This is one of the winning articles of the Mladiinfo Article Writing Contest. The content of the articles does not necessarily represent the view or the position of Mladiinfo.

8 thoughts on “Homosexual discrimination still an issue in Bulgaria

  1. Well, this surely is very touching and emotional statement which is far from being true and objective. This is a very serious claim – homosexual discrimination in Bulgaria. Of course, people are being sensitive about their sexuality and the way they accept the world. There are racists, homosexual descriminators, common haters etc- yes, some of them might be in parliament, some might be in Bulgaria, but this is happening everywhere. In every country, on the Balkans or not, there will be all kinds of people and not all of them will be equally accepted. So don't be too harsh on Bulgarians.

    P.S. It's crisis, you know…lot's of people can't find a job. Besides, why would you need to reveal your sexuality on a job interview? I have never been asked such thing on an interview. If you're dressed proper for the job, have the right education and qualification and you're smart, that's about it.

    1. Hi Diana, i wish you were right. You can not change who you are just for the job interview and walking out of it be yourself again. they dont ask,they see! and they hate you!! I did fight with it, got sick of it and left. Why people hate so much homosexuals???!!!! and dont say they do not because i can show you how brutal they could be. I`m seeking political asylum in USA. I need materials about other violence towards homosexuals. Please help. Im going to use that in court.

  2. Dear Mr. or Mrs. Vrangova,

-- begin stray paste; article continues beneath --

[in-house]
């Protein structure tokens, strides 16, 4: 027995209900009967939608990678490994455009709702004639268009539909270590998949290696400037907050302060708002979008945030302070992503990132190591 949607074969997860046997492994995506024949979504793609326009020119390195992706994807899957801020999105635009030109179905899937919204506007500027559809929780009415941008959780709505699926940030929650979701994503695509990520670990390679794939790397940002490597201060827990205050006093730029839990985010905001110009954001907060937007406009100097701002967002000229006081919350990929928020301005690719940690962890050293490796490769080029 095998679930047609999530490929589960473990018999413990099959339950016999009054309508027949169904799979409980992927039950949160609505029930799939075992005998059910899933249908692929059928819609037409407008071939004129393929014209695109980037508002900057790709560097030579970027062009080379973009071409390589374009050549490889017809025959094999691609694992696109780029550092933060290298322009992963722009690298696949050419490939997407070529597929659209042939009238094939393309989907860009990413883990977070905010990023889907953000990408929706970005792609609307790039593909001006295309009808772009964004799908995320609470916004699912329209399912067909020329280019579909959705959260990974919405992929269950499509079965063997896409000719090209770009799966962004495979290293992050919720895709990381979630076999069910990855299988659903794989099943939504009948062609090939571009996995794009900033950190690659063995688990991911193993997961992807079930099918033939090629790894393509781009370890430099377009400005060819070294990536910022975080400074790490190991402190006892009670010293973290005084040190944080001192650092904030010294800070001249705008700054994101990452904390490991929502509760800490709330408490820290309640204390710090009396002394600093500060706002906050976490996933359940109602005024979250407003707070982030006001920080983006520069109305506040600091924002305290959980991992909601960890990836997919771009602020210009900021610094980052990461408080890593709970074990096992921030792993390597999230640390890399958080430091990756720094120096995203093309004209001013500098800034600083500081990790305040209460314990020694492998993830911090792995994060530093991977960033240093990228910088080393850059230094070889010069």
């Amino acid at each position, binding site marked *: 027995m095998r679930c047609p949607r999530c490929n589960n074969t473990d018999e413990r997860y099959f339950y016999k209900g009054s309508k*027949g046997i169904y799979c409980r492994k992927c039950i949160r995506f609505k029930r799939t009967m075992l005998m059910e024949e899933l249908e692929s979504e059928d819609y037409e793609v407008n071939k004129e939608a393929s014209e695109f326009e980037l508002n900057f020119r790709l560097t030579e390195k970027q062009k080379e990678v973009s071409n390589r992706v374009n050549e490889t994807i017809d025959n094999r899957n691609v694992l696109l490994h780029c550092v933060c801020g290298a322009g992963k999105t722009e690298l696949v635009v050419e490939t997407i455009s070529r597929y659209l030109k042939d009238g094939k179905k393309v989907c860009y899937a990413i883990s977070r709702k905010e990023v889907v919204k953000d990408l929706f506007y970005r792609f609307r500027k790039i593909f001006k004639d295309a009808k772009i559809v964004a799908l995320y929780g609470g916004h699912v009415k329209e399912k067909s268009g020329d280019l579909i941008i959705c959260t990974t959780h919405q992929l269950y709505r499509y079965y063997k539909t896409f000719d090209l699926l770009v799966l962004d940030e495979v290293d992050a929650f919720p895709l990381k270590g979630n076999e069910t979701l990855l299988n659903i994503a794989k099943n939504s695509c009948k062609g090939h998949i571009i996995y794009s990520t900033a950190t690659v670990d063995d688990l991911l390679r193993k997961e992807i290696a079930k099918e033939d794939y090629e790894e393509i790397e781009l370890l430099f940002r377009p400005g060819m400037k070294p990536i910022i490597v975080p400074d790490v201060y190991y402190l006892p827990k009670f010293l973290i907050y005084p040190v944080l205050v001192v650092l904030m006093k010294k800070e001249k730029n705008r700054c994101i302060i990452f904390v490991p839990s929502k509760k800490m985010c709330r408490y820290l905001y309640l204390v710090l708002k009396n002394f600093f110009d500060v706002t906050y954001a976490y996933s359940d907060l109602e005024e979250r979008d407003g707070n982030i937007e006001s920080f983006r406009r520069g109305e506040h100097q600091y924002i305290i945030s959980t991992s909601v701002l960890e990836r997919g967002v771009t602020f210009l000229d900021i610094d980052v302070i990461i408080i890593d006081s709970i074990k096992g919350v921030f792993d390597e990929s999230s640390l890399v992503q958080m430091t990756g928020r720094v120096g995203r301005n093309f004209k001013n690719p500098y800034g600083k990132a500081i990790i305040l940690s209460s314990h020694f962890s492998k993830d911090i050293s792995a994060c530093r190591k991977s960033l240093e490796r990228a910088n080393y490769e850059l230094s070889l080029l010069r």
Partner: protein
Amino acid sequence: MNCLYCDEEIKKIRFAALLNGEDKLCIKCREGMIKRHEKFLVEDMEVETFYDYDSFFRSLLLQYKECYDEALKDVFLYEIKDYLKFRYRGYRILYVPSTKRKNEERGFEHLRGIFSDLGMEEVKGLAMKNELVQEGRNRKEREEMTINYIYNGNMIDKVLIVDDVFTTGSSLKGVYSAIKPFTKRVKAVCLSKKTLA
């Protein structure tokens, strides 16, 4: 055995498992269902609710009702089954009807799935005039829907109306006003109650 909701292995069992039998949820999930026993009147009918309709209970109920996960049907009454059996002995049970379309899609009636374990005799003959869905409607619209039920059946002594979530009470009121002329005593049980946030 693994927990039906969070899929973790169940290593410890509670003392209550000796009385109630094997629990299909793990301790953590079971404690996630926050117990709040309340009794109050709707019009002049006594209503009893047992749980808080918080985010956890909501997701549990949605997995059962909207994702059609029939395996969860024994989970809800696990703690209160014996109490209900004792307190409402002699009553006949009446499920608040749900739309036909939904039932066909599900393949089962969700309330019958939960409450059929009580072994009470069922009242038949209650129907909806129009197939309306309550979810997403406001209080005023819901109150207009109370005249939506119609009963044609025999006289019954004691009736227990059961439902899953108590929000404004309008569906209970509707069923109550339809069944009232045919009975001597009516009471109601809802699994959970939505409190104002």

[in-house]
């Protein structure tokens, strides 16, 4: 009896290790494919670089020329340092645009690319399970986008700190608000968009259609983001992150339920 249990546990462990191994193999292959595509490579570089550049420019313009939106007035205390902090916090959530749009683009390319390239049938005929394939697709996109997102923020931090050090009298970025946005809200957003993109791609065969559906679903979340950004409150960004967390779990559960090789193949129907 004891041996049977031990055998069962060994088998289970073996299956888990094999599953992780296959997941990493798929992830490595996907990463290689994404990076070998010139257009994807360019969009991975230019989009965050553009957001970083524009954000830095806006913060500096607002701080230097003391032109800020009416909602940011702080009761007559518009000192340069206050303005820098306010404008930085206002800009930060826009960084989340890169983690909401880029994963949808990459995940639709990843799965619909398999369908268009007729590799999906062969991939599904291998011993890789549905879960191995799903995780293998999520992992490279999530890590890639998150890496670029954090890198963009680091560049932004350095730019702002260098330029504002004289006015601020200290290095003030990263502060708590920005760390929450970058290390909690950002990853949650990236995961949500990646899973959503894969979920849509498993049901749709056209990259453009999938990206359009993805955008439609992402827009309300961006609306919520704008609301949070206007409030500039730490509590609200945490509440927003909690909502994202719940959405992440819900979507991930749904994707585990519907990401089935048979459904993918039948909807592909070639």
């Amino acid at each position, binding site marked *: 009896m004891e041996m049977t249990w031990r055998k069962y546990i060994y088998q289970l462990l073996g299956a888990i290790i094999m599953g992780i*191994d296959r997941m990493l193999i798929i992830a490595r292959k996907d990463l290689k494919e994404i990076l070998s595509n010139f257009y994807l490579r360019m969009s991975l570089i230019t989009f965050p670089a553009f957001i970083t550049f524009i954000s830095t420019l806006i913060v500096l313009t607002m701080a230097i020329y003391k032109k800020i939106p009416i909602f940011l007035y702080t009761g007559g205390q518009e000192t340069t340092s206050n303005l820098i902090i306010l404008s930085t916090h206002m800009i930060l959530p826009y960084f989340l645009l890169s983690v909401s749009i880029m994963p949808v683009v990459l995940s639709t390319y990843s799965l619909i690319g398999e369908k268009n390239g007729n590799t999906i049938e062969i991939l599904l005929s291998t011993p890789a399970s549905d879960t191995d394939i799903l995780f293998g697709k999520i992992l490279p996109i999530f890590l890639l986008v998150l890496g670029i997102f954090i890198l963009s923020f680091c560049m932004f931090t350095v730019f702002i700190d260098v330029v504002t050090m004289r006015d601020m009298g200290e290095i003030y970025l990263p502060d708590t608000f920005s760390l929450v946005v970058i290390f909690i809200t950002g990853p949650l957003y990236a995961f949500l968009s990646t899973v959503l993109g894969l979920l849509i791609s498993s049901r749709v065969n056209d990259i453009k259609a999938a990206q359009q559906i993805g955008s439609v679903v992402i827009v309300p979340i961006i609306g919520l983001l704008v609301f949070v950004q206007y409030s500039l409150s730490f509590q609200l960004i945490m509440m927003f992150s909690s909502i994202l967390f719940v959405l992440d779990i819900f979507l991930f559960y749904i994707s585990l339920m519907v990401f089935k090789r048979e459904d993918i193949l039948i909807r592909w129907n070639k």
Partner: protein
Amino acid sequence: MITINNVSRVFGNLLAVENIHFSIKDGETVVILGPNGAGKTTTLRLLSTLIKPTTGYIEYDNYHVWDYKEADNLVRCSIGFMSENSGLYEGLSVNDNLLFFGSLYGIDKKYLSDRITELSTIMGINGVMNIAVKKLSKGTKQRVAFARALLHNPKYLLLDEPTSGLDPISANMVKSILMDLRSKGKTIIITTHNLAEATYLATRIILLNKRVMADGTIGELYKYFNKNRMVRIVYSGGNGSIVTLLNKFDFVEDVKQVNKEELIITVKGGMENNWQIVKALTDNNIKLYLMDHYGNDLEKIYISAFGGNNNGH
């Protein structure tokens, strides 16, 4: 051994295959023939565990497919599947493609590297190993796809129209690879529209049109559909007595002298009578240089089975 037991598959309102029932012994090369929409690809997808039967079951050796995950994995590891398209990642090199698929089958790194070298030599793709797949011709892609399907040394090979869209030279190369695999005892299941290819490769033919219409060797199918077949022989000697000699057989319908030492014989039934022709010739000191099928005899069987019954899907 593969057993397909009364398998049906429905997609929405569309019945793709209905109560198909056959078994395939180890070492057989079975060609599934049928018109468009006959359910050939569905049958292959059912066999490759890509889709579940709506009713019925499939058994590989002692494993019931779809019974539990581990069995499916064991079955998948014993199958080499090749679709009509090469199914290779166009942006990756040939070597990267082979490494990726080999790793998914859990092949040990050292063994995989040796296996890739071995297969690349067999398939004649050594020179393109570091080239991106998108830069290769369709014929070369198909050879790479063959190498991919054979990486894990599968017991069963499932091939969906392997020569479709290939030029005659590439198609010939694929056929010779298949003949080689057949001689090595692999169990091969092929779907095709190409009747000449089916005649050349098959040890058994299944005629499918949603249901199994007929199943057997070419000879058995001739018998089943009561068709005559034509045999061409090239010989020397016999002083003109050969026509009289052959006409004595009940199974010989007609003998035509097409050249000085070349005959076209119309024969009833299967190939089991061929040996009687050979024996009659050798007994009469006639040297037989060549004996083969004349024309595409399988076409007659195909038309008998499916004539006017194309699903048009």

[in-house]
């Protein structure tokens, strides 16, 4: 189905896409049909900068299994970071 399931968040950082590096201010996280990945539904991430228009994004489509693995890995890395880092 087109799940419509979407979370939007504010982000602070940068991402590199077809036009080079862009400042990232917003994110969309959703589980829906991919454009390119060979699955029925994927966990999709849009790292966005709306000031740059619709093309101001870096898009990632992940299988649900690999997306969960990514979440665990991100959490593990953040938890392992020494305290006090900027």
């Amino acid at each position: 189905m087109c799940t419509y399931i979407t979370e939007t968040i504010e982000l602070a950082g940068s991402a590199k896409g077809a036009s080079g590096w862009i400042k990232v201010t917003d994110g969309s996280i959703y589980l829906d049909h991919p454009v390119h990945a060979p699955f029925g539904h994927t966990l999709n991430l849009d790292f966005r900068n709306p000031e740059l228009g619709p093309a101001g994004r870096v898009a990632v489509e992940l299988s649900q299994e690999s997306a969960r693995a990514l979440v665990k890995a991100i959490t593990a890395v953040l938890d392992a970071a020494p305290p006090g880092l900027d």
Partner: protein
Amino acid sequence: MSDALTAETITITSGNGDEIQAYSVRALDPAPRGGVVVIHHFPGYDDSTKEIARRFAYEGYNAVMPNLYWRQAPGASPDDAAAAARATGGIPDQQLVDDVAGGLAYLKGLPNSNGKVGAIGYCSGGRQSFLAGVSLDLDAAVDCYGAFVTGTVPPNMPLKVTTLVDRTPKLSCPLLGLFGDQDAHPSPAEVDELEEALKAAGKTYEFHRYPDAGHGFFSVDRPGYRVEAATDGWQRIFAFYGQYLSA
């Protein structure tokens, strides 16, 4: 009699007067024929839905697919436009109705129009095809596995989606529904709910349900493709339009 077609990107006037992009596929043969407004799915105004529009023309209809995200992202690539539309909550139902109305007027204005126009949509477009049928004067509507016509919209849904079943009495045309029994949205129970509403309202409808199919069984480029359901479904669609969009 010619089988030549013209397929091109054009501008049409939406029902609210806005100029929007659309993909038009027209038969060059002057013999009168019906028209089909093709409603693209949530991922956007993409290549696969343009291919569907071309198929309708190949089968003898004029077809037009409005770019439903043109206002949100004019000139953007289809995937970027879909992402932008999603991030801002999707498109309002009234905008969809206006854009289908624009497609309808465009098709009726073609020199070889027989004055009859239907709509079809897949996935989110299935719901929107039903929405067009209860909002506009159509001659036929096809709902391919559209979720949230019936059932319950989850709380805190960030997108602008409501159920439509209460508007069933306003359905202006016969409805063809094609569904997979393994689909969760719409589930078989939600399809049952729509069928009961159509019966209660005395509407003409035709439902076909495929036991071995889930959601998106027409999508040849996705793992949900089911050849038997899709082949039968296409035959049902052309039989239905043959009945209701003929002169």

I don't know what makes you say such strong words, but it is absolutely true that you are not at least aware what the situation in Bulgaria really is.I just hope you at least belong to one of these "discriminated" groups and that you speak from the first hand experience. Otherwise, it is just a regular case of an amateur, anti logic conclusion drawn from a single situation. It is the same as saying that all blue-eyed people are bad because one of them is bad. So, please, be more particular in your reports. Everything other is a speculation.
    And really – homosexual orientation does not enjoy very positive public opinion, but that doesn't mean those people are discriminated. And Diana is right – what does sexual orientation have to do with a job interview? And what rights have been taken from homosexuals?
    By the way – politic party ATAKA is not one of the largest parties in Bulgaria – it has only 20 of 240 representatives in the parliament. So, please, again, be exact in your words. Anti-homosexual speeches also can be heard in other European countries, so do not make it a "Balkan syndrome".

  3. This article is veeeery exagerrated. For sure there are some issues with tollerance, but the situation is far from the described. It's not the 9-th circle of Gay-hell here. I've been to several other countries around Europe, and from what I've seen the society there showed about the same or less tollerance to such things than in Bulgaria. Even if there are problems like this political party (who is more racist, than sex-discriminating), people here are not some rednecks who go around with torches and pitchforks, and the society is not really conservative when it comes to such things.

    Though we have another typical feature – constantly complaining of our own country and telling everyone how terrible it is… well, face it – it's not that bad!

  4. Well, I also live in Bulgaria. I'm not homosexual, but almost all my friends are. The problem is in homosexuals in Bulgaria. They are still afraid, they first think they are different and show it to everyone with clothes, speech and manners. I have friends homosexuals in London, but they are confident, know who they are and know their rights. You'll say that the reason is the country they're living, but you can't compare Great Britain and small Bulgaria (that was 50 years a communist country). More important is that things are changing very fast. All my gay friends have job. One is writer, one is journalist, one is PR agent, and one is an insurance broker …….. Every week we go to parties and, believe me, people like them more, because they’re gay.  Of course there are jerks that call names, but go to an English high school – do you think children don’t call names each other? I think that Yonka is absolutely right. This is an exaggeration and show that the person that wrote it is not aware of the real situation or is just affected from a simple situation.
    Things are not so bad as everyone 'want'.

Leave a Reply